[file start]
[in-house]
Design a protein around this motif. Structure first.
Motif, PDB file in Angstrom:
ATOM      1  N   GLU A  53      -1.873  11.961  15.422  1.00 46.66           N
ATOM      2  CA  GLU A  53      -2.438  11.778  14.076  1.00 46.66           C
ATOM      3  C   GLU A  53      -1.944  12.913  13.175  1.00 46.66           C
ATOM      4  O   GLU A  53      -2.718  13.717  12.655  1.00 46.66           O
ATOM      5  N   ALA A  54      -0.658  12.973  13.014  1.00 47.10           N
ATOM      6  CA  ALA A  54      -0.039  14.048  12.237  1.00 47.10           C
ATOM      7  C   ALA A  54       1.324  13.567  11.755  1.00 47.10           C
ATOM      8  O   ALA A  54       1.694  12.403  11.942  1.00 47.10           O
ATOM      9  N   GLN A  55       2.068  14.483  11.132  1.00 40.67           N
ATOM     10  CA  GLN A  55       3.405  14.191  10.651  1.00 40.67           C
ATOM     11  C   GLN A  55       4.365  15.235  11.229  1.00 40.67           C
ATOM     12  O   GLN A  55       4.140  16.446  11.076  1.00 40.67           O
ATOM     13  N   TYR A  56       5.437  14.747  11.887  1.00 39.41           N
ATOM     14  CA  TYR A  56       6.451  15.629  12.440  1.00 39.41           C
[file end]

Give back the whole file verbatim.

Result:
[in-house]
Design a protein around this motif. Structure first.
Motif, PDB file in Angstrom:
ATOM      1  N   GLU A  53      -1.873  11.961  15.422  1.00 46.66           N
ATOM      2  CA  GLU A  53      -2.438  11.778  14.076  1.00 46.66           C
ATOM      3  C   GLU A  53      -1.944  12.913  13.175  1.00 46.66           C
ATOM      4  O   GLU A  53      -2.718  13.717  12.655  1.00 46.66           O
ATOM      5  N   ALA A  54      -0.658  12.973  13.014  1.00 47.10           N
ATOM      6  CA  ALA A  54      -0.039  14.048  12.237  1.00 47.10           C
ATOM      7  C   ALA A  54       1.324  13.567  11.755  1.00 47.10           C
ATOM      8  O   ALA A  54       1.694  12.403  11.942  1.00 47.10           O
ATOM      9  N   GLN A  55       2.068  14.483  11.132  1.00 40.67           N
ATOM     10  CA  GLN A  55       3.405  14.191  10.651  1.00 40.67           C
ATOM     11  C   GLN A  55       4.365  15.235  11.229  1.00 40.67           C
ATOM     12  O   GLN A  55       4.140  16.446  11.076  1.00 40.67           O
ATOM     13  N   TYR A  56       5.437  14.747  11.887  1.00 39.41           N
ATOM     14  CA  TYR A  56       6.451  15.629  12.440  1.00 39.41           C